Coetzee’s libretto doesn’t span the entirety of the book; together with composer Nicolas Lens, the author shifts his focus to three characters – characters whom director Maja Kleczewska describes as “suspended in lasting”. Slow Man is an important and – I dare say it – a beautiful operatic piece. In the remarkably talented singers and dancers, in Kleczewska’s subtle treatment of words and sounds (the director has expanded the piece with suggestive film footage by Wojciech Puś), and the charismatic Basem Akiki, Lens and Coetzee have found a team that has met the challenge of this high risk piece.

II. The Interior of the Body

In many languages, the exceptional nature of the human body is emphasised in semantic distinctions: the German word Leib refers to the human body, while Körper is reserved for other bodily forms. The 20th and 21st centuries have ushered in a dominant theme of the body being eaten away by age and disease. This approach to the body, also an expression of defiance against its deification and reification in contemporary media, lies at the heart of Coetzee’s writing. In her poem Tortures, Wisława Szymborska wrote: “Nothing has changed. / The body shudders as it shuddered / before the founding of Rome and after, / in the twentieth century before and after Christ.” It does shutter, though more strongly and less hopefully. “When we get trembly, trembly” writes Coetzee – not merely at the end of the libretto, but incessantly.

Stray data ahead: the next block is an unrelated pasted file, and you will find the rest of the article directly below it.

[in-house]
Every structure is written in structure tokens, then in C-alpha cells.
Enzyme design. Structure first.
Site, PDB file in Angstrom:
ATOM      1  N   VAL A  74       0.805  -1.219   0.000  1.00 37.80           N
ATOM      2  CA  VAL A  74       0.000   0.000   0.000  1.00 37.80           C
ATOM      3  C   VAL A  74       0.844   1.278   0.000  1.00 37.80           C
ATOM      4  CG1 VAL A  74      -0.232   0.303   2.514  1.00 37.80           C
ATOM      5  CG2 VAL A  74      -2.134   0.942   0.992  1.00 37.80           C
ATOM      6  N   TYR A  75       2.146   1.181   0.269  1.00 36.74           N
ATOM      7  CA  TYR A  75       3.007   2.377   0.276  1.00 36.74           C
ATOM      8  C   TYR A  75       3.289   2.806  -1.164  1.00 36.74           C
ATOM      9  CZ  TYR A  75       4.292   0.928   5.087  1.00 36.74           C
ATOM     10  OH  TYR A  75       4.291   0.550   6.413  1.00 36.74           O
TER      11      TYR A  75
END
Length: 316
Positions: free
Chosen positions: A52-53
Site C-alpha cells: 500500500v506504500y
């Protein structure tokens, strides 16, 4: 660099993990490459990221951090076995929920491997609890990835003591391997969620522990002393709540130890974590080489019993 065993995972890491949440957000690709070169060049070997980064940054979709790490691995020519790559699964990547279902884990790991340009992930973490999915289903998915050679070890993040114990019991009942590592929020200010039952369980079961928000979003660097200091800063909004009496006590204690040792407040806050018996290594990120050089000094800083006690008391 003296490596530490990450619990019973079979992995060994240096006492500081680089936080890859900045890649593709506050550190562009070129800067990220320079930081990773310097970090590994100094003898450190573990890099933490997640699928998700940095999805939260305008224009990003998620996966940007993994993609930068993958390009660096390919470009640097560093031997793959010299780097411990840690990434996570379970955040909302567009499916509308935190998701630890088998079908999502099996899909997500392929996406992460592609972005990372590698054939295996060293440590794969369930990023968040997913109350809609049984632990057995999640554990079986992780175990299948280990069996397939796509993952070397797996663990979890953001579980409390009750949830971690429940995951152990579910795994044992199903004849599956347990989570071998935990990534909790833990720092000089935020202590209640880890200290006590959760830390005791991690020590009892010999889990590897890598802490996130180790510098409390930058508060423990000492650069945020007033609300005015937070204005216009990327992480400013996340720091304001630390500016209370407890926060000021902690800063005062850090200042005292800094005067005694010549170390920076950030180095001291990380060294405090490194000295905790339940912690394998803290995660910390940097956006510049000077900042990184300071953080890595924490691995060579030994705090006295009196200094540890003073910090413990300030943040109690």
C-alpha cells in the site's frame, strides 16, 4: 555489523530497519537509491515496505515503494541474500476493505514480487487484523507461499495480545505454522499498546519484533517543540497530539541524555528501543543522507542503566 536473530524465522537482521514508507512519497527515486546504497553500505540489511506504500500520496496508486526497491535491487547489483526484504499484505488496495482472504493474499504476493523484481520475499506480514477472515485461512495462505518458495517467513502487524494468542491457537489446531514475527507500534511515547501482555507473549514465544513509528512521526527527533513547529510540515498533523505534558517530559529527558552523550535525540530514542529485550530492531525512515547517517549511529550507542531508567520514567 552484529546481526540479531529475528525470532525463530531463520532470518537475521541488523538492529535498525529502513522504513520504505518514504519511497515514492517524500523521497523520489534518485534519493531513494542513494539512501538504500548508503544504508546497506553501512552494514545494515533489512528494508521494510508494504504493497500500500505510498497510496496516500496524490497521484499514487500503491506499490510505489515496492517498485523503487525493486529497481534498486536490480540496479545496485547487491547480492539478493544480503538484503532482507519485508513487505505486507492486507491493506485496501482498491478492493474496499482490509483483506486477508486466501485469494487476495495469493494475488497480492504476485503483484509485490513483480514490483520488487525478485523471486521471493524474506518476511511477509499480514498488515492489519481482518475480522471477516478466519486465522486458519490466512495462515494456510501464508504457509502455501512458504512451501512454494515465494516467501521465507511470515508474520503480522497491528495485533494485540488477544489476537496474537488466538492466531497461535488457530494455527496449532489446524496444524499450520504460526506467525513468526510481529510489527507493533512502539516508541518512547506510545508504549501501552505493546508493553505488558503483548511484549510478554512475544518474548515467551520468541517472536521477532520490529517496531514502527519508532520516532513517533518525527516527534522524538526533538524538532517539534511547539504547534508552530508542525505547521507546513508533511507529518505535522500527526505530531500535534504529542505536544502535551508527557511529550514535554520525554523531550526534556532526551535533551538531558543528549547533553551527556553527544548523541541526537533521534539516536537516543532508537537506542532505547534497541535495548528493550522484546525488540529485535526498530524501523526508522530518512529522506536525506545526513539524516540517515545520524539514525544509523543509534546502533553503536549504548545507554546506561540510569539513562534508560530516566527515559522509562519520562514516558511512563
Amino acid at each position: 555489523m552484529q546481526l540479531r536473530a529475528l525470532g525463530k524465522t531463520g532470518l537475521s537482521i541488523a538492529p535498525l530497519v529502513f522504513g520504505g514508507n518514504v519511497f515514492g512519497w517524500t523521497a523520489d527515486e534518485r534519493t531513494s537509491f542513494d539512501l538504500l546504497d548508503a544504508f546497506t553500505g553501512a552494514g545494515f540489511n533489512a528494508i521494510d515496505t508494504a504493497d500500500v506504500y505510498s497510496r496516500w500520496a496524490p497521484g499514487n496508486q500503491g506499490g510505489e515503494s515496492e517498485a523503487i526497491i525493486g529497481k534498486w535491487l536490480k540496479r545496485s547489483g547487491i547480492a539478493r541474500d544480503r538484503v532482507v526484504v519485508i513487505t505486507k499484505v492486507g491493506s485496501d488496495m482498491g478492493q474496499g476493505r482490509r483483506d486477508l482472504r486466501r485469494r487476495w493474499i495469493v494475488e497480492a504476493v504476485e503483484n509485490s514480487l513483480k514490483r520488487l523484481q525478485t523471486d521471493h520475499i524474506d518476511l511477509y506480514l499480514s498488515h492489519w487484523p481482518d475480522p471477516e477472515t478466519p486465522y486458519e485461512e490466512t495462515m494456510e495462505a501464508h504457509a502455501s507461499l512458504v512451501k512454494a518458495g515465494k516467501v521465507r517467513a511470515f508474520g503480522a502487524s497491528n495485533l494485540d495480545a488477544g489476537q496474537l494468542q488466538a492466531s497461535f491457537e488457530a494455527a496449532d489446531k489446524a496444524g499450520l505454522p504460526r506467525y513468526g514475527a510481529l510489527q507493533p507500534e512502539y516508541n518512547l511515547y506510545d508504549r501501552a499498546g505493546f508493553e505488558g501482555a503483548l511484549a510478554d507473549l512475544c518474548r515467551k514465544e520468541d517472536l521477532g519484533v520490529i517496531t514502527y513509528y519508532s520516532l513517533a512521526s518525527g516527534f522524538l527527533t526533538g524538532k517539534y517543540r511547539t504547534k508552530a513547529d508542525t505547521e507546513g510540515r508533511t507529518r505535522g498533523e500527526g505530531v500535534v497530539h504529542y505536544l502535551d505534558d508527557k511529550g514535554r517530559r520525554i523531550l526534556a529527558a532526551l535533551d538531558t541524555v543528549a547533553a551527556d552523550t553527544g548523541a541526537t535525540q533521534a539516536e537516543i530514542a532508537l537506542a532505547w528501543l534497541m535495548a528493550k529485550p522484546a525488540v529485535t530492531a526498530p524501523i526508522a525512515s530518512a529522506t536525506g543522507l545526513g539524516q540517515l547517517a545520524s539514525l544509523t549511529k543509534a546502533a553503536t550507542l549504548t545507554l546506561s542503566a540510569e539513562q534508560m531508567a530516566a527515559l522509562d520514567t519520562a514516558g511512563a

Nicholas Lens, Slow Man (libretto: J. M. Coetzee after his own novel), Bassem Akiki (conductor),
Maja Kleczewska (director)
, soloists: Mark S. Doss (Paul Rayment), Lani Paulson (Elizabeth Costello),
Claron McFadden (Marijanna), Teatr Wielki in Poznań and Malta Festival Poznań,
world premiere: 5 July 2012, photo: Maciej Zakrzewski / Malta Festival